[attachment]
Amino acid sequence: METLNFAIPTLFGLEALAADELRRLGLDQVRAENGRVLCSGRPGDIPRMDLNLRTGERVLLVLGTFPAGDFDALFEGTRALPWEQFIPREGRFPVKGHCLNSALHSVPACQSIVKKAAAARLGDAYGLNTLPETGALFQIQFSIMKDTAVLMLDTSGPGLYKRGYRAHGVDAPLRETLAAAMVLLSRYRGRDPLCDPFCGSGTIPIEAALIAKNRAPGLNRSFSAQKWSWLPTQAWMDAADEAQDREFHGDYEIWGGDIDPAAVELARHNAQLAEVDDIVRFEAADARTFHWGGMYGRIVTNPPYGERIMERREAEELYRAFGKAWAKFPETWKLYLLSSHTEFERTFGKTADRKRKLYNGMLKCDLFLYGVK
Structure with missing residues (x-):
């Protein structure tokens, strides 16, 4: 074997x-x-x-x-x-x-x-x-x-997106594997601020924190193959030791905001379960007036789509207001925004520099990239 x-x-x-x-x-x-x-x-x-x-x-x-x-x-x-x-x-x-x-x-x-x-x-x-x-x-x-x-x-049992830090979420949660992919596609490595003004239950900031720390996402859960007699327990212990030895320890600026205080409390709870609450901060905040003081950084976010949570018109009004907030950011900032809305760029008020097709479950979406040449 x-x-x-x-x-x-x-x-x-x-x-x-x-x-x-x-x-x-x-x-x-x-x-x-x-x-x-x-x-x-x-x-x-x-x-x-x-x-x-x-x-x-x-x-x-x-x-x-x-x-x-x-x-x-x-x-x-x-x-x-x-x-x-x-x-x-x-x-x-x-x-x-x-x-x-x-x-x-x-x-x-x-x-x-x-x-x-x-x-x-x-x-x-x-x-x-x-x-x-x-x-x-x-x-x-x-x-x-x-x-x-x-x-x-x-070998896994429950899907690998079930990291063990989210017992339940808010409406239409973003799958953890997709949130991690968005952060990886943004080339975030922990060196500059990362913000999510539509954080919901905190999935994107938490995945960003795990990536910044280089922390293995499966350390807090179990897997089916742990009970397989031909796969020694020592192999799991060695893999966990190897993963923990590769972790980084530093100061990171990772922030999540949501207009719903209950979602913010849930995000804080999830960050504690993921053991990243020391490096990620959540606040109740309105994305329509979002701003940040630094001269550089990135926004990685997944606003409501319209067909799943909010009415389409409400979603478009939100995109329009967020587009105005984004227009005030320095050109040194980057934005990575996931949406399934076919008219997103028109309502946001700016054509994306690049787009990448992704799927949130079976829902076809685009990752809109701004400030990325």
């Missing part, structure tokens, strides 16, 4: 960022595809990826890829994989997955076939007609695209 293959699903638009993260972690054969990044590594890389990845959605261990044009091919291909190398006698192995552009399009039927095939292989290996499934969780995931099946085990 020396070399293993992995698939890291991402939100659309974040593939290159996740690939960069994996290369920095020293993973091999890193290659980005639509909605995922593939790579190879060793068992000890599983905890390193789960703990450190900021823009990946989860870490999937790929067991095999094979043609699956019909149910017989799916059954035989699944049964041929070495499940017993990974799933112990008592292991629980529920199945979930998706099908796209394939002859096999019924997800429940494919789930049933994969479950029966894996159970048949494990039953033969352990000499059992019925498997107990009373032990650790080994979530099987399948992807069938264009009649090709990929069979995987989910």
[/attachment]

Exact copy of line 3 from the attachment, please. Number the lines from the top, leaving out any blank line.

């Protein structure tokens, strides 16, 4: 074997x-x-x-x-x-x-x-x-x-997106594997601020924190193959030791905001379960007036789509207001925004520099990239 x-x-x-x-x-x-x-x-x-x-x-x-x-x-x-x-x-x-x-x-x-x-x-x-x-x-x-x-x-049992830090979420949660992919596609490595003004239950900031720390996402859960007699327990212990030895320890600026205080409390709870609450901060905040003081950084976010949570018109009004907030950011900032809305760029008020097709479950979406040449 x-x-x-x-x-x-x-x-x-x-x-x-x-x-x-x-x-x-x-x-x-x-x-x-x-x-x-x-x-x-x-x-x-x-x-x-x-x-x-x-x-x-x-x-x-x-x-x-x-x-x-x-x-x-x-x-x-x-x-x-x-x-x-x-x-x-x-x-x-x-x-x-x-x-x-x-x-x-x-x-x-x-x-x-x-x-x-x-x-x-x-x-x-x-x-x-x-x-x-x-x-x-x-x-x-x-x-x-x-x-x-x-x-x-x-070998896994429950899907690998079930990291063990989210017992339940808010409406239409973003799958953890997709949130991690968005952060990886943004080339975030922990060196500059990362913000999510539509954080919901905190999935994107938490995945960003795990990536910044280089922390293995499966350390807090179990897997089916742990009970397989031909796969020694020592192999799991060695893999966990190897993963923990590769972790980084530093100061990171990772922030999540949501207009719903209950979602913010849930995000804080999830960050504690993921053991990243020391490096990620959540606040109740309105994305329509979002701003940040630094001269550089990135926004990685997944606003409501319209067909799943909010009415389409409400979603478009939100995109329009967020587009105005984004227009005030320095050109040194980057934005990575996931949406399934076919008219997103028109309502946001700016054509994306690049787009990448992704799927949130079976829902076809685009990752809109701004400030990325």